by Kelly Ferjutz
You’ve heard of “screwball comedies,” right? Well, here’s your chance to see a screwball comedy disguised as an operetta. The sumptuous music is by the German-French master, Jacques Offenbach, and features a sparkling new English translation by OLO’s Jacob Allen. The original French libretto from 1868 is by Henri Meilhac and Ludovic Halévy. Offenbach wrote nearly 100 operettas from the 1850s–1870s, on more than a dozen of which Meilhac collaborated, while Halévy assisted on more than twenty. Today, only half a dozen or so are still in the active repertoire.
When the widowed Viceroy, Don Andrès, sees a street singer, La Périchole, he immediately decides to add her to his court as a lady-in-waiting. However, to fill that position she must be married, so the Don sets out to find her a husband. His men bring in their candidate: a drunken Piquillo, who is in reality her singing partner and lover. He doesn’t recognize her, and from this episode comes one of the most lovely and famous arias of all time –– “The Letter Song,” in which La Périchole assures Piquillo of her constant love. The marriage takes place, after which poor Piquillo is then sent to the dungeon for recalcitrant husbands!
This is OLO’s third production of La Périchole during the company’s 40-year history. The sprightly stage direction is by Julie Wright Costa, and the brilliantly colorful costumes by Kim Griffin reflect the sunny climate of Lima, Peru, where the action takes place in a slightly nebulous time-frame. (It could be anytime between 1868 and now.) Conductor Wilson Southerland kept the musical pacing alert and attentive, with choreography by Spencer Reese. Kiah Kayser created the multi-faceted set, highlighted by the lighting of Brittany Shemuga.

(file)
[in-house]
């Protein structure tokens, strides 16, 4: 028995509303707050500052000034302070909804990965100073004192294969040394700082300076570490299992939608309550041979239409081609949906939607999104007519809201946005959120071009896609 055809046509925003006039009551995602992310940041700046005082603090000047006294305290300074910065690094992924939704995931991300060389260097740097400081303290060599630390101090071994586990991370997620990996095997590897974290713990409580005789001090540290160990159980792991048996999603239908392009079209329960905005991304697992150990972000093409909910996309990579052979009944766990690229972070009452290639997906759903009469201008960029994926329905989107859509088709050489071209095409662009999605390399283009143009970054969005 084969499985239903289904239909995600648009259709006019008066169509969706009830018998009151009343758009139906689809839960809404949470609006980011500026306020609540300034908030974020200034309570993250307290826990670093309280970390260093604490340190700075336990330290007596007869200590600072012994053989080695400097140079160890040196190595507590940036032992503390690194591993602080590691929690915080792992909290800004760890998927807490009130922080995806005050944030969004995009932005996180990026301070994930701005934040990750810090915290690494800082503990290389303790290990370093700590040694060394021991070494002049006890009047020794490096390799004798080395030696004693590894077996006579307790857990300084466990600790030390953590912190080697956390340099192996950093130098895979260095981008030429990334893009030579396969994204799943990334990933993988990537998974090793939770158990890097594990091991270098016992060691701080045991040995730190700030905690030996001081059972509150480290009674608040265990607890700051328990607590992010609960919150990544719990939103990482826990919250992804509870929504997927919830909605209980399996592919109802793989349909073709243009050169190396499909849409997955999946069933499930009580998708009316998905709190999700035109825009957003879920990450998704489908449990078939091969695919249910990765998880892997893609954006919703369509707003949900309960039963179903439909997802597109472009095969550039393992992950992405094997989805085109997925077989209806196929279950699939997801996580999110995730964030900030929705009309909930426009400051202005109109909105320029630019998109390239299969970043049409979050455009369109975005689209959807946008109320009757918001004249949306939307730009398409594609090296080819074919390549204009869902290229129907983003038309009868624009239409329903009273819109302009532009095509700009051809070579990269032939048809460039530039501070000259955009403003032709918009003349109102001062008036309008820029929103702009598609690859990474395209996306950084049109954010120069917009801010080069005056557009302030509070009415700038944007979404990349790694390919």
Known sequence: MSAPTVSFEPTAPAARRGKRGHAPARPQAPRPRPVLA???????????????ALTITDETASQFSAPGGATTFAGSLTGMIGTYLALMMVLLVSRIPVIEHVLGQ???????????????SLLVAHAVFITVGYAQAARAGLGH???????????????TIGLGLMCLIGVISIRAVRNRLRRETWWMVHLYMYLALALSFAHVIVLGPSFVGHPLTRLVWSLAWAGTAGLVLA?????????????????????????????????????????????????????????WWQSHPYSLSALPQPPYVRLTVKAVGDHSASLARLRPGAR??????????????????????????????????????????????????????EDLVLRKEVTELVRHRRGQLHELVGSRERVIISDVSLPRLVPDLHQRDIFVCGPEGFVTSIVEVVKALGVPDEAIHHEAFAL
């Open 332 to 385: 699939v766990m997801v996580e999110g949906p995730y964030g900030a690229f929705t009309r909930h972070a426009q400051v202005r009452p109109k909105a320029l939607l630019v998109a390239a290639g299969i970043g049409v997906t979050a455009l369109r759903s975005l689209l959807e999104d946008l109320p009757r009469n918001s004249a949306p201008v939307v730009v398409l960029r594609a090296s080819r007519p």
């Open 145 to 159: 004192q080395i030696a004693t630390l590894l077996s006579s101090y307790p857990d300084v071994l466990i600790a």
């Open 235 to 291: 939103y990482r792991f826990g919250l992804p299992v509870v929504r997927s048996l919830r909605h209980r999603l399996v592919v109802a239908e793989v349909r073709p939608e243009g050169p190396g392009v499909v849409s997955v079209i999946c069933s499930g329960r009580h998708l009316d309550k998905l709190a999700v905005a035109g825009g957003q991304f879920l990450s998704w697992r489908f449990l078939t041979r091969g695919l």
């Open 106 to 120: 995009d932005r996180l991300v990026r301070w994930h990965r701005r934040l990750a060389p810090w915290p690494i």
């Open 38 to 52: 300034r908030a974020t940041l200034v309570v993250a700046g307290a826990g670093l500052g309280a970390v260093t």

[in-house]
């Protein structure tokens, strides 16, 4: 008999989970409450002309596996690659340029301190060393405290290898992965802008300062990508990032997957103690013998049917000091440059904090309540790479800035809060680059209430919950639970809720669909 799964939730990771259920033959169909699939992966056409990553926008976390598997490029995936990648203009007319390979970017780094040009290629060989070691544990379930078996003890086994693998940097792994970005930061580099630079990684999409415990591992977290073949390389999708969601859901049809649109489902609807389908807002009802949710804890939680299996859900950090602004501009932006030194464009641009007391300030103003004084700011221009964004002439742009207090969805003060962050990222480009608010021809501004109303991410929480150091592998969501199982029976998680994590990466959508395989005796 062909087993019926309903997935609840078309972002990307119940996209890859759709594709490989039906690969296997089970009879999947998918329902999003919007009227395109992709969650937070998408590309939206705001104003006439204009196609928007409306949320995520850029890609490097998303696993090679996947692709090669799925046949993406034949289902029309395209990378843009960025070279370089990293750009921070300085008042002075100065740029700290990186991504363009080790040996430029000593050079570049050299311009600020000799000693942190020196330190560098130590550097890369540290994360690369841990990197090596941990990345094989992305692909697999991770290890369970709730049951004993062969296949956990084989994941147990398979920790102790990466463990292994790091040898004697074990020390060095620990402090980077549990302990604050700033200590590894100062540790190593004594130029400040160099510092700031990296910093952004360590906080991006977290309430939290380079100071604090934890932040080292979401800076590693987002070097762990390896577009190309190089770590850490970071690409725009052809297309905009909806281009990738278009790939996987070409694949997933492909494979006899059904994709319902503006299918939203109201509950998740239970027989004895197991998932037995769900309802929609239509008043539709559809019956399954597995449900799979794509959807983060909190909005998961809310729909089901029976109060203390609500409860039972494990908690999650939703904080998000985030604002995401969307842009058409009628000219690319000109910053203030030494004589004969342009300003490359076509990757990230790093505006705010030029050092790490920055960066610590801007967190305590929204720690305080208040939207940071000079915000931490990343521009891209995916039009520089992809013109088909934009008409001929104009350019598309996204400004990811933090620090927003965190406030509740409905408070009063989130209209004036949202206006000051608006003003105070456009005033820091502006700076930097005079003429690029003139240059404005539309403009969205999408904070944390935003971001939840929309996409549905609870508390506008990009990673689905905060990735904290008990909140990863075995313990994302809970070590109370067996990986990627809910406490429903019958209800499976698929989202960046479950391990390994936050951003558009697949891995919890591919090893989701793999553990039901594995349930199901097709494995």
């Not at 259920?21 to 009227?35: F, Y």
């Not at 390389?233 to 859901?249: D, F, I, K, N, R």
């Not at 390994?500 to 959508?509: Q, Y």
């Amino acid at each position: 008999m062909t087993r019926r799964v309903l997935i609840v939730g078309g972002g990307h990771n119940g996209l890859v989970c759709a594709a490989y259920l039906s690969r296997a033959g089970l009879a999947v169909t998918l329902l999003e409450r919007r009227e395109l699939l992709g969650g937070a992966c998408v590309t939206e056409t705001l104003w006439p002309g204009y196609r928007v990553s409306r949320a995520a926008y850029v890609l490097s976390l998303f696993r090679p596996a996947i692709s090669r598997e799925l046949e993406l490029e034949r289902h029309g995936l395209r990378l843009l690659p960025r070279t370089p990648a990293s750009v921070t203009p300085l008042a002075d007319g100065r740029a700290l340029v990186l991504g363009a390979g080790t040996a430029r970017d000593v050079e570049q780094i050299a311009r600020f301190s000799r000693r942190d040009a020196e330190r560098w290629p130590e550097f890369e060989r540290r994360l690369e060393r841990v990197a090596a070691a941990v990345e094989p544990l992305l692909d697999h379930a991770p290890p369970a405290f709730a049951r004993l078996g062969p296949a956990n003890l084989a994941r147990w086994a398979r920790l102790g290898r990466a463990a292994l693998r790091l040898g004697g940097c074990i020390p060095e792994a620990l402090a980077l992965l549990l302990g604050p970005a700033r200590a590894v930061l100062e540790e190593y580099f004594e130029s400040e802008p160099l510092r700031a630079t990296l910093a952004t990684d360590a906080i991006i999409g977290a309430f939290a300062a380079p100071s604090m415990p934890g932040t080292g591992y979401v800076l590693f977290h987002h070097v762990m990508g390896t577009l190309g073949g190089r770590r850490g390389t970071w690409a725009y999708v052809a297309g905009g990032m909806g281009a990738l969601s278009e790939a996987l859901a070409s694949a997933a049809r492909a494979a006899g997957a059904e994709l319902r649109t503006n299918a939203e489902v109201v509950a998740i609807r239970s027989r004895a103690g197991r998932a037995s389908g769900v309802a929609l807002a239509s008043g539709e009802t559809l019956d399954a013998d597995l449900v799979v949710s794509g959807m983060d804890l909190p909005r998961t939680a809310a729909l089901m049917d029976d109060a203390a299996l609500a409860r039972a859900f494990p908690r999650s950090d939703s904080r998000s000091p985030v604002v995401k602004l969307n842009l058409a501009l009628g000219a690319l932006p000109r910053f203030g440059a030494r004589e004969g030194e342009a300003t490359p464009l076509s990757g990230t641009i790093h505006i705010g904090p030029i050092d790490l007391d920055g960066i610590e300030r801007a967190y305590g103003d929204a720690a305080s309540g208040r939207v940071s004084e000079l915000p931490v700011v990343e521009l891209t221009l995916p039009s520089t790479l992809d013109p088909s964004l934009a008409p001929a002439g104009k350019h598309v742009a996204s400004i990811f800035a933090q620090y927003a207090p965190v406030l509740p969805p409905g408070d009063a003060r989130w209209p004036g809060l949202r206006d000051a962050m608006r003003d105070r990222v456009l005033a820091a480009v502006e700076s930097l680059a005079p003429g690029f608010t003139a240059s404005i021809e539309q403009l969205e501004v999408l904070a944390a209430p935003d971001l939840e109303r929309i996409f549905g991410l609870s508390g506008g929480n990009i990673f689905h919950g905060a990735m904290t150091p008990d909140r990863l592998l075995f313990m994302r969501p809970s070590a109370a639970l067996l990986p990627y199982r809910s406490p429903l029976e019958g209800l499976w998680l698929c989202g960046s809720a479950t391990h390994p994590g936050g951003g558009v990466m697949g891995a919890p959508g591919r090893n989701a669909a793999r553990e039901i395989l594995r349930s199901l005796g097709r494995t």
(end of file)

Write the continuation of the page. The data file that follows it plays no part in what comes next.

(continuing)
Spiro Matsos excelled as the Marquis de Tarapote, chamberlain of the viceroy, and why wouldn’t he? In addition to this year, Matsos has performed the role for OLO in 1984 and 1993. Runner-up is the suitably lascivious Boyd Mackus who played Don Andrès this year and in 1984. (In 1993 he appeared as Piquillo.) Gretchen Windt, in the title role, could hardly be blamed for accepting the Don’s offer, plus she then gets to sing “The Letter Song” to her erstwhile lover, Piquillo (Daniel Neer).
Ted Christopher and Stephen Faulk were cast as noblemen, while the The Three Cousins Tavern was under the capable management of Chelsea Miller (Guadalena), Caitlin Ruddy (Berginella), and Alexa Devlin (Mastrilla). Cory Clines did double duty as Assistant Stage Director and the Old Prisoner. The two notaries who formalize the marriage were Seth Johnson and Trevor Todd.
Photos by Matt Dilyard.
Published on ClevelandClassical.com July 24, 2018.
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